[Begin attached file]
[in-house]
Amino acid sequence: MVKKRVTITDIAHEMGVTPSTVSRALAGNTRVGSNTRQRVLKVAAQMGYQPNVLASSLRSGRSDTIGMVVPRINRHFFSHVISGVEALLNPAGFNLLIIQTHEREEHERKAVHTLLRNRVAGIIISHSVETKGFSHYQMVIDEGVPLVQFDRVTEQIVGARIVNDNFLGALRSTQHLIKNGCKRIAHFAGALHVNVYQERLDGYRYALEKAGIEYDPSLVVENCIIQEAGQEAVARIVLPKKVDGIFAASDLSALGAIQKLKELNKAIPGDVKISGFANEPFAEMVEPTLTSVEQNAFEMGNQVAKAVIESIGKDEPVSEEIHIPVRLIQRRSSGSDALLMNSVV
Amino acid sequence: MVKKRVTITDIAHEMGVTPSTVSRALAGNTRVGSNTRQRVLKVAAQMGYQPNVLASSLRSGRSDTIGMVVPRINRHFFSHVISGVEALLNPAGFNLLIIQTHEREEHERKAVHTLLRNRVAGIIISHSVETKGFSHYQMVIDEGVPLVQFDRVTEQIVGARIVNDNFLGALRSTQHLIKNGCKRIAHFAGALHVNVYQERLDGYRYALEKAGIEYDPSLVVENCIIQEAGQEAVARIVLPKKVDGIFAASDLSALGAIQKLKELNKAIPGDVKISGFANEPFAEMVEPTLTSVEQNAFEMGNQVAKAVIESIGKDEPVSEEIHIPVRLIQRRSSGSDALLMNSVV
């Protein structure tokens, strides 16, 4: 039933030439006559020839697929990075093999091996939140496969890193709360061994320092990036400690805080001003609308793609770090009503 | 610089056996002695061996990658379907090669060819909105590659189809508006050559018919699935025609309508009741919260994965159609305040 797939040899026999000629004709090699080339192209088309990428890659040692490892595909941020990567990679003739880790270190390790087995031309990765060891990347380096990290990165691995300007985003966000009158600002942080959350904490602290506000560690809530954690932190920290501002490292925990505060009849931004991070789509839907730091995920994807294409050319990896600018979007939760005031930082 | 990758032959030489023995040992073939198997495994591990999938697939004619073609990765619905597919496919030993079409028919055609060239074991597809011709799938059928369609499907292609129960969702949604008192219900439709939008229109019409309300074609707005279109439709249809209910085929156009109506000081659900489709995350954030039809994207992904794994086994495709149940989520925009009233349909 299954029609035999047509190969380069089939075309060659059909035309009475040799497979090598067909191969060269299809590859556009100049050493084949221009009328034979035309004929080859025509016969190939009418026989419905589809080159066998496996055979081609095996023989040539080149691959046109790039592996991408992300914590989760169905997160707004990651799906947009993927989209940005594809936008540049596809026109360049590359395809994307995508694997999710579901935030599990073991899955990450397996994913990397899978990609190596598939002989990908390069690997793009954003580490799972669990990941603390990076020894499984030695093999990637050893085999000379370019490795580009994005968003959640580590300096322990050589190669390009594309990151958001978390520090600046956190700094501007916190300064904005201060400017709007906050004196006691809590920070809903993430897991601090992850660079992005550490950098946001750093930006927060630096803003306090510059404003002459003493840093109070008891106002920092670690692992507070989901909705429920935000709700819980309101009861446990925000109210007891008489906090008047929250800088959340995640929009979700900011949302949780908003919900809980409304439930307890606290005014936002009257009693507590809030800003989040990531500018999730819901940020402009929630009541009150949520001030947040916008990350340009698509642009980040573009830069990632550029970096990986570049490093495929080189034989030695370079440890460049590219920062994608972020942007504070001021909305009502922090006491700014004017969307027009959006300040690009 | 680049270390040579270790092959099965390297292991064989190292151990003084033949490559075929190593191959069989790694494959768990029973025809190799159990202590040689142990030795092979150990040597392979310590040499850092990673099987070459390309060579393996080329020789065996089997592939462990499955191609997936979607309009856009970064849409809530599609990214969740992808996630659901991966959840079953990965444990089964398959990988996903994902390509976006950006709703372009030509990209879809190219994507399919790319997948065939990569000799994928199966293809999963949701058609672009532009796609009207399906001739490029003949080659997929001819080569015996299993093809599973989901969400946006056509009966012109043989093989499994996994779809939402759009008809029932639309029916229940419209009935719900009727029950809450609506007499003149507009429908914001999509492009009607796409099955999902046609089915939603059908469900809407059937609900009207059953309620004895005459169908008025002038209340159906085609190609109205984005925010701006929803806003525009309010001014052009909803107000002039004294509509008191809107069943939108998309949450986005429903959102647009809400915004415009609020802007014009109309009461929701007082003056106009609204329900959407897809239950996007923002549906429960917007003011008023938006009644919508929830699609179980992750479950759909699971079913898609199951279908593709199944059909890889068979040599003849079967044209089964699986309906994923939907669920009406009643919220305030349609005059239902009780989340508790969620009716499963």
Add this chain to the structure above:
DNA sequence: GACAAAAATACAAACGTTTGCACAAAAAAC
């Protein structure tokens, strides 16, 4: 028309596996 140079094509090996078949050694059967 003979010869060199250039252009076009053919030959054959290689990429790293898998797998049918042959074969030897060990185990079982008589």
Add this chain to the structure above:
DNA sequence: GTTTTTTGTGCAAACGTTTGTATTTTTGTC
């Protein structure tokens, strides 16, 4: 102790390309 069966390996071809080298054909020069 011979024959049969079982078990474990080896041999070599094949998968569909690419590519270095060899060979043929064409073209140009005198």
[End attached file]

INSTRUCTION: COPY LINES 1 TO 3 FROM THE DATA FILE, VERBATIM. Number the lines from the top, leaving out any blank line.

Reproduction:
[in-house]
Amino acid sequence: MVKKRVTITDIAHEMGVTPSTVSRALAGNTRVGSNTRQRVLKVAAQMGYQPNVLASSLRSGRSDTIGMVVPRINRHFFSHVISGVEALLNPAGFNLLIIQTHEREEHERKAVHTLLRNRVAGIIISHSVETKGFSHYQMVIDEGVPLVQFDRVTEQIVGARIVNDNFLGALRSTQHLIKNGCKRIAHFAGALHVNVYQERLDGYRYALEKAGIEYDPSLVVENCIIQEAGQEAVARIVLPKKVDGIFAASDLSALGAIQKLKELNKAIPGDVKISGFANEPFAEMVEPTLTSVEQNAFEMGNQVAKAVIESIGKDEPVSEEIHIPVRLIQRRSSGSDALLMNSVV
Amino acid sequence: MVKKRVTITDIAHEMGVTPSTVSRALAGNTRVGSNTRQRVLKVAAQMGYQPNVLASSLRSGRSDTIGMVVPRINRHFFSHVISGVEALLNPAGFNLLIIQTHEREEHERKAVHTLLRNRVAGIIISHSVETKGFSHYQMVIDEGVPLVQFDRVTEQIVGARIVNDNFLGALRSTQHLIKNGCKRIAHFAGALHVNVYQERLDGYRYALEKAGIEYDPSLVVENCIIQEAGQEAVARIVLPKKVDGIFAASDLSALGAIQKLKELNKAIPGDVKISGFANEPFAEMVEPTLTSVEQNAFEMGNQVAKAVIESIGKDEPVSEEIHIPVRLIQRRSSGSDALLMNSVV